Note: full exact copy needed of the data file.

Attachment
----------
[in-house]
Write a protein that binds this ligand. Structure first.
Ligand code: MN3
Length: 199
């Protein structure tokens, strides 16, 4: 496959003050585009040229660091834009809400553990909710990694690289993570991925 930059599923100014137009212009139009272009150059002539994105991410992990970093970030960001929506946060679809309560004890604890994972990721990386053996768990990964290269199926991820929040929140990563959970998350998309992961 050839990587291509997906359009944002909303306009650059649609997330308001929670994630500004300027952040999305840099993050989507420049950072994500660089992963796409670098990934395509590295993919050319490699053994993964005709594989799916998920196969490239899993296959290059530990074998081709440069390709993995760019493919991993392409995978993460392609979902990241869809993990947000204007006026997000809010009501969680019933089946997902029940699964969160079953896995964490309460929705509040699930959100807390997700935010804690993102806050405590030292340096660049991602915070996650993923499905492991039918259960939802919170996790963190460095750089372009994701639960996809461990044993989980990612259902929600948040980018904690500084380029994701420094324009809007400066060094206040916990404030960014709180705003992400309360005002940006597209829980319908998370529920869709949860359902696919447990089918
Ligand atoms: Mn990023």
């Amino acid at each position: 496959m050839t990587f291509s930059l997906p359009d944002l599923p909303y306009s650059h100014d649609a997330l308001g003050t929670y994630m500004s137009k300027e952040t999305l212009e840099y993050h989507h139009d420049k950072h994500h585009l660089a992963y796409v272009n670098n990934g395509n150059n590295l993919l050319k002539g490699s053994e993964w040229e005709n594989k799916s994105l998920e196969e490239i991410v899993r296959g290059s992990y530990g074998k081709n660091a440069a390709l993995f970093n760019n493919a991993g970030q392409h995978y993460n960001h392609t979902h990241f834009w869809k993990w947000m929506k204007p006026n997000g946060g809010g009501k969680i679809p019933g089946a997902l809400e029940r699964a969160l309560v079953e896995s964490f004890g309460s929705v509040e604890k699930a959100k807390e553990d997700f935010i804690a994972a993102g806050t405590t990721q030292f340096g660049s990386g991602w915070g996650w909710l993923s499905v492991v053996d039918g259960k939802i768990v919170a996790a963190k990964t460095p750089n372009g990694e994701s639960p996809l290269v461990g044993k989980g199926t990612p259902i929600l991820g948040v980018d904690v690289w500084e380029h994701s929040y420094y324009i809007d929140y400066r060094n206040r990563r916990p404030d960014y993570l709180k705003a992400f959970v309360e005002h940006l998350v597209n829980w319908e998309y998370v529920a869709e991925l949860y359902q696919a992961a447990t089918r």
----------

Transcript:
[in-house]
Write a protein that binds this ligand. Structure first.
Ligand code: MN3
Length: 199
């Protein structure tokens, strides 16, 4: 496959003050585009040229660091834009809400553990909710990694690289993570991925 930059599923100014137009212009139009272009150059002539994105991410992990970093970030960001929506946060679809309560004890604890994972990721990386053996768990990964290269199926991820929040929140990563959970998350998309992961 050839990587291509997906359009944002909303306009650059649609997330308001929670994630500004300027952040999305840099993050989507420049950072994500660089992963796409670098990934395509590295993919050319490699053994993964005709594989799916998920196969490239899993296959290059530990074998081709440069390709993995760019493919991993392409995978993460392609979902990241869809993990947000204007006026997000809010009501969680019933089946997902029940699964969160079953896995964490309460929705509040699930959100807390997700935010804690993102806050405590030292340096660049991602915070996650993923499905492991039918259960939802919170996790963190460095750089372009994701639960996809461990044993989980990612259902929600948040980018904690500084380029994701420094324009809007400066060094206040916990404030960014709180705003992400309360005002940006597209829980319908998370529920869709949860359902696919447990089918
Ligand atoms: Mn990023």
């Amino acid at each position: 496959m050839t990587f291509s930059l997906p359009d944002l599923p909303y306009s650059h100014d649609a997330l308001g003050t929670y994630m500004s137009k300027e952040t999305l212009e840099y993050h989507h139009d420049k950072h994500h585009l660089a992963y796409v272009n670098n990934g395509n150059n590295l993919l050319k002539g490699s053994e993964w040229e005709n594989k799916s994105l998920e196969e490239i991410v899993r296959g290059s992990y530990g074998k081709n660091a440069a390709l993995f970093n760019n493919a991993g970030q392409h995978y993460n960001h392609t979902h990241f834009w869809k993990w947000m929506k204007p006026n997000g946060g809010g009501k969680i679809p019933g089946a997902l809400e029940r699964a969160l309560v079953e896995s964490f004890g309460s929705v509040e604890k699930a959100k807390e553990d997700f935010i804690a994972a993102g806050t405590t990721q030292f340096g660049s990386g991602w915070g996650w909710l993923s499905v492991v053996d039918g259960k939802i768990v919170a996790a963190k990964t460095p750089n372009g990694e994701s639960p996809l290269v461990g044993k989980g199926t990612p259902i929600l991820g948040v980018d904690v690289w500084e380029h994701s929040y420094y324009i809007d929140y400066r060094n206040r990563r916990p404030d960014y993570l709180k705003a992400f959970v309360e005002h940006l998350v597209n829980w319908e998309y998370v529920a869709e991925l949860y359902q696919a992961a447990t089918r």